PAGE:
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Why Joanna Constantine From Netflix's The Sandman Looks So Familiar

"The Sandman" is the long-awaited upcoming adaptation of Neil Gaiman's classic comic book series about the immortal godlike being Morpheus, who's finally freed after more than a century of imprisonment at the hands of a charlatan occultist, and who sets out to regain his dream-kingdom.

One of "The Sandman's" main characters is Joanna Constantine, who's replacing John Constantine from the original series. Joanna is also the great-great-granddaughter of Johanna Constantine, a 17th century occult adventuress. Gaiman calls Johanna, "Brilliant, tricky, haunted and probably doomed" (via Netflix). Gaiman himself clarified the somewhat confusing situation on Twitter, noting that John Constantine is absent from the series due to a rights issue. 

Both Joanna and Johanna are played by the same British actress, Jenna Coleman. Coleman's first onscreen credit came when she was cast as Jasmine Thomas on the ITV soap opera "Emmerdale" in 2009 (via IMDb). Since then, she's appeared in several movies and TV series, mainly in England. Here's where you may know her from.

She was the Doctor's Companion Clara on Dr. Who

In 2012, Jenna Coleman landed one of the most coveted roles in British television when she was cast as Clara, the schoolteacher-turned-Companion to both the Eleventh and Twelfth Doctor on "Dr. Who," who were played by Matt Smith and Peter Capadli, respectively. She played Clara as a spunky and fearless adrenaline junky, and she was originally cast in the role because she could talk faster than Smith.

For Coleman, playing a Companion to two Doctors required an adjustment. With Smith, she had a fun and flirtatious dynamic. Once the older and more gruff Capadli came in, the character not only had to mourn the loss of the previous Doctor, she also had to navigate her feelings of responsibility towards the new one. It was yet another shift in a show that Coleman described as "genre-pushing." "It moves from comedy to action film to farce; it's domestic and epic," she told The Guardian. "Peter and Matt do takes in so many ways, throw so many balls in the air – it's an invaluable experience."

When her contract was up, Coleman decided to leave the show so she could take a starring role on "Victoria."

She played Queen Victoria in the ITV series Victoria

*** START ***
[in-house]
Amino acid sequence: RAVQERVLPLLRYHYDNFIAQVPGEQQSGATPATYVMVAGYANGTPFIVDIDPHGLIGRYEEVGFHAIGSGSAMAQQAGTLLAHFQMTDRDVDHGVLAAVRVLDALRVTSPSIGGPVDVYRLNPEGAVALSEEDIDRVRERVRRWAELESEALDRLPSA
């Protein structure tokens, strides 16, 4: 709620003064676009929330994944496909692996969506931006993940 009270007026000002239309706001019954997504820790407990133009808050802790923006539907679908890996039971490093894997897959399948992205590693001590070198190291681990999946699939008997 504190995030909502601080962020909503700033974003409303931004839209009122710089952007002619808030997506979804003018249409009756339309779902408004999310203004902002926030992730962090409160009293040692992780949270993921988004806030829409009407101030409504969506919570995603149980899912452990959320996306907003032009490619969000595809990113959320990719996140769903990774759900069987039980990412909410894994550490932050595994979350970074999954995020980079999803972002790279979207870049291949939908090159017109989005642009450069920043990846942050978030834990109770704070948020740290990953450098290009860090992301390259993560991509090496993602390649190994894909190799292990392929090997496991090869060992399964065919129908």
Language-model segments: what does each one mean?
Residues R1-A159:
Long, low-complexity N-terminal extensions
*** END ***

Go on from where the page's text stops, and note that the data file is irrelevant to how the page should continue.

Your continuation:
Playing a head of state is a tall order for any performer, but Coleman handled the task with aplomb when she was cast as the lead in the ITV series "Victoria." The show follows a young Queen Victoria as she navigates her political responsibilities from the 1830's into the 1850's, including multiple assassination attempts and the Irish Potato Famine. The series also examines her tumultuous relationship with her husband Albert (Tom Hughes).

Overall, "Victoria" ran for three eight-episode seasons from 2016 to 2019, plus a Christmas special. The show was never officially canceled, but as of 2021 there were no plans for a fourth season (via Radio Times).

For Coleman, the role was both challenging and rewarding. It was a challenge because she wasn't previously familiar with Victoria or Victorian culture, but rewarding because the role allowed her to break away from the working-class roles she was known for thanks to her work on "Emmerdale" (via BBC Radio 4).

She had a major supporting role on the Netflix crime drama The Serpent

After "Victoria," Coleman took on a bit more of a morally complex character than she had previously. "The Serpent" is an eight-part Netflix series based on the crimes of serial killer Charles Sobhraj (Tahar Rahim) and his accomplices. Throughout the 1970's, Sobhraj, his girlfriend Marie-Andrée Leclerc, and his friend Ajay Chowdhury (Amesh Edireweera) drugged and robbed tourists they met on southeast Asia's "hippie trail" backpacking route, and Sobhraj murdered those who resisted. Coleman plays Leclerc, who aids and abets Sobhraj under the alias Monique.

The challenge for Coleman was playing a character whose real-life motivations are still a mysterious. To this day, it's still unclear whether Leclerc was an accomplice, a victim, or both. "It's something I had to wrestle with. I'd never encountered anyone like her before in terms of her psychology, and her background was really interesting," Coleman explained to Vogue. "She was a romantic and her self-esteem was low. She meets Charles Sobhraj and within three weeks she was drugging people. We don't know how much she truly knew about what else Charles was doing, but he almost became like her religion. She allowed her moral compass to be totally buried."